“As scary as John was, it was a pretty great offer. No wonder people walked days to get to him. No wonder they stood around even after their turns were over, just to hear him say it again and again. “Repent, for the kingdom of heaven has come near.” What sounds like a threat to us sounded like a promise to them. We hear guilt where they heard pardon, and at least part of the problem, I think, is our resistance to the whole notion of repentance.
The way most of us were taught it, repentance means owning up to how rotten you are. It means saying out loud, if only in the auditorium of your own soul, that you are a selfish, sinful, deeply defective human being who grieves the heart of God and that you are very, very sorry about it. It means dumping all your pride on the ground and stamping on it, since pride—as in ego, arrogance, vainglory—is the root of so much evil.
Only what if it isn’t? What if pride isn’t the problem at all, but its very opposite? What if the main thing most of us need to repent of is not our arrogance but our utter despair—that things will never change for us, that we will never change, that no matter what we say or do we are stuck forever in the mess we have made of our lives, or the mess someone else has made of them, but in any case that there is no hope for us, no beginning again, no chance of new life—? Now that is a problem.
I cannot tell you how many people I know who are all but dead with despair. It doesn’t happen just one way; it happens all kinds of ways. A little girl is abused by her grandfather and forty years later, although he is long dead and gone, his hands are still on her. She has not married. She will not let anyone get close. She is still keeping her forty-year-old promise never to let anyone hurt her like that again.”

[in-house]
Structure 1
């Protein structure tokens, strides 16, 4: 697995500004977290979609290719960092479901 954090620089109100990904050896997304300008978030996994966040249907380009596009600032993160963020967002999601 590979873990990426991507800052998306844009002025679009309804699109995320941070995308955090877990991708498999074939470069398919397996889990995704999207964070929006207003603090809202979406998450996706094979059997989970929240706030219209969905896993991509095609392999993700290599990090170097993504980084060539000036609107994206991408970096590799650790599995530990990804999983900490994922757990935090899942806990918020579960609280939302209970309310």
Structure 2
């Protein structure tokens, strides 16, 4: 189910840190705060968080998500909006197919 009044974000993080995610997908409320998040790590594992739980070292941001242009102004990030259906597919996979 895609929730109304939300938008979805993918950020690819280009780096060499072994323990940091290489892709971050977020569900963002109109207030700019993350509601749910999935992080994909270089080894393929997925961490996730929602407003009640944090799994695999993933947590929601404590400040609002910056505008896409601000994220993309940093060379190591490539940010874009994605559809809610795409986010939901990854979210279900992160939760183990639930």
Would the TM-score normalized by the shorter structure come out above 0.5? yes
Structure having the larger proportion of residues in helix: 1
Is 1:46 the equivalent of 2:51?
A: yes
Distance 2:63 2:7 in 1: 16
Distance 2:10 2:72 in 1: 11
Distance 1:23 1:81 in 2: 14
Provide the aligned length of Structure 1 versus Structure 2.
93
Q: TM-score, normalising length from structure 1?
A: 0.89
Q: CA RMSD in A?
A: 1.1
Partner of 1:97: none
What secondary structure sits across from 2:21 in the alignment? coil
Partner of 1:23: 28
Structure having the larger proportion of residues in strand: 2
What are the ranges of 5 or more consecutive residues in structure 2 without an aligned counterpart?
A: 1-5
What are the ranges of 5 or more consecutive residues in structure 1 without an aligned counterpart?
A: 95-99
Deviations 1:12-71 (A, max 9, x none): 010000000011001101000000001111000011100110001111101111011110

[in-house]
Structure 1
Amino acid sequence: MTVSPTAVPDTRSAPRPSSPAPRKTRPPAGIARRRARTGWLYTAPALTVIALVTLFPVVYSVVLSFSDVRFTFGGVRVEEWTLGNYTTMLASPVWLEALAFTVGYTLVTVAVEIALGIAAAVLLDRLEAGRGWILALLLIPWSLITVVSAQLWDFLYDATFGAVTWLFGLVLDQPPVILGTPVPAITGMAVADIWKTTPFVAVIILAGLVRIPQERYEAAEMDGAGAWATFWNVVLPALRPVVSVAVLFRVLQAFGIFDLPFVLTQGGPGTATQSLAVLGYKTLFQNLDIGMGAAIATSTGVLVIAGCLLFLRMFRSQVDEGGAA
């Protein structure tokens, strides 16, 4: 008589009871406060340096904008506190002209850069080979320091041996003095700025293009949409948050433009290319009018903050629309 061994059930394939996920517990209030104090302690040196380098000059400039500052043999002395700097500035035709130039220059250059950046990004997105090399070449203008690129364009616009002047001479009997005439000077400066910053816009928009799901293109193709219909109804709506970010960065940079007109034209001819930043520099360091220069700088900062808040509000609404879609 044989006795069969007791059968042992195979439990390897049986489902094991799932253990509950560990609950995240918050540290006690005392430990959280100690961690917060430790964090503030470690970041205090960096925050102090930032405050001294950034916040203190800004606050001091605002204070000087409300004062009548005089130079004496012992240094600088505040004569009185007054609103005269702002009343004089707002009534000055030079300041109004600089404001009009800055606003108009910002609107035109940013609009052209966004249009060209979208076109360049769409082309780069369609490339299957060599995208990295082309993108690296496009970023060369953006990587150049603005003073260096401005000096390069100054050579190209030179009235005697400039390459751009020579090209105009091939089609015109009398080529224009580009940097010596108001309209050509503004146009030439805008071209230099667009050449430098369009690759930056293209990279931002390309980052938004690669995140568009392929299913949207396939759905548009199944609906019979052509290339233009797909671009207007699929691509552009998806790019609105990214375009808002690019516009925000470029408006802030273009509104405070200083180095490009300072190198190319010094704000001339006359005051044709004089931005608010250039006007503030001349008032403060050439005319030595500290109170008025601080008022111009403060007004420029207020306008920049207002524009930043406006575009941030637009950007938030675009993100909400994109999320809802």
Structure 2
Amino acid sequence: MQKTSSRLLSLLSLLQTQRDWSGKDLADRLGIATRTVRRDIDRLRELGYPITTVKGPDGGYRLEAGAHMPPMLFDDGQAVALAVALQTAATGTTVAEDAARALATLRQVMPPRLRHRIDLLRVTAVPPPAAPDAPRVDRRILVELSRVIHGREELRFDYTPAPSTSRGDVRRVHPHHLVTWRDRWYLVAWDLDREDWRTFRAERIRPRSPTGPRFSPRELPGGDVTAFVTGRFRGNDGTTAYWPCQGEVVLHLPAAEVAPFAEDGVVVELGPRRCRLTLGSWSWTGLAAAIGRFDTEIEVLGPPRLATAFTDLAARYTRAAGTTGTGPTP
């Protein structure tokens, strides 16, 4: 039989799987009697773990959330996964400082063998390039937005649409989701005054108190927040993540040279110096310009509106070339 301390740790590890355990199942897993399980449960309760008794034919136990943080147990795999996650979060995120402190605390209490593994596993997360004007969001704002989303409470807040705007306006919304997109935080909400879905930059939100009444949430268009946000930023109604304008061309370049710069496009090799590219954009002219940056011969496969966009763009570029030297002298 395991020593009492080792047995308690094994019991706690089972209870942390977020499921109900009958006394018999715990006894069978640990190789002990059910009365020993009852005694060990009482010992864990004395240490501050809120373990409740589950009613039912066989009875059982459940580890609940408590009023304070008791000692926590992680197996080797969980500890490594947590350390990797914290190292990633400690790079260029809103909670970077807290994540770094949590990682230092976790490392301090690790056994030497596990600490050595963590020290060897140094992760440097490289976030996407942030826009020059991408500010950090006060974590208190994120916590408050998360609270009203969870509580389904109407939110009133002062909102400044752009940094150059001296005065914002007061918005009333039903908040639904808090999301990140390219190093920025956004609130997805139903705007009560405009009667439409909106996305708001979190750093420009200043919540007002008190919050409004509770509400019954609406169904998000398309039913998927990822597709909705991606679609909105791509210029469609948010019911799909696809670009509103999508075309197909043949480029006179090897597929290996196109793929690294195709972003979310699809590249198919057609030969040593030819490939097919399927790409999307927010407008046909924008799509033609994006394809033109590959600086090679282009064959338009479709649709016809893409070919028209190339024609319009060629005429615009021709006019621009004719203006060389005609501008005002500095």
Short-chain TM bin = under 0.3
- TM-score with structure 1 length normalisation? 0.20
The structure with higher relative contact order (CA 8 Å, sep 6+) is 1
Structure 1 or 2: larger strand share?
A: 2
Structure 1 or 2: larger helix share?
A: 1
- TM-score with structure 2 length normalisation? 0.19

I can relate to being dead with despair, but the message of John the Baptist reached deeply into my heart and touched my despair. I’ve had the Bible used to create the feeling she describes and have had my pride dumped on the ground and stomped more times than I can count. Today, I saw the verses in Matthew differently with the help of the Holy Spirit. I see hope and pardon instead of guilt and grief. John’s message was the same as Christ’s. There is hope and a cure for the utter despair in which I find myself.
Like the green shoot in Isaiah, verse ten describes a green and blossoming changed life. Deadwood goes into the fire where it belongs and clears the way for a new life, a kingdom life, a life worth living forever. My heart has been dead with despair for decades, and I still struggle when it comes to love. Letting others in causes deeper hurt and despair each time I open my heart. God made it crystal clear to me today that I am baptized into a changed life. He has the cure for despair, and John the Baptist’s message is as relevant today as it was when he first began crying out in the wilderness. Despair is a dark wilderness, but Christ’s Light offers hope at the end of the tunnel.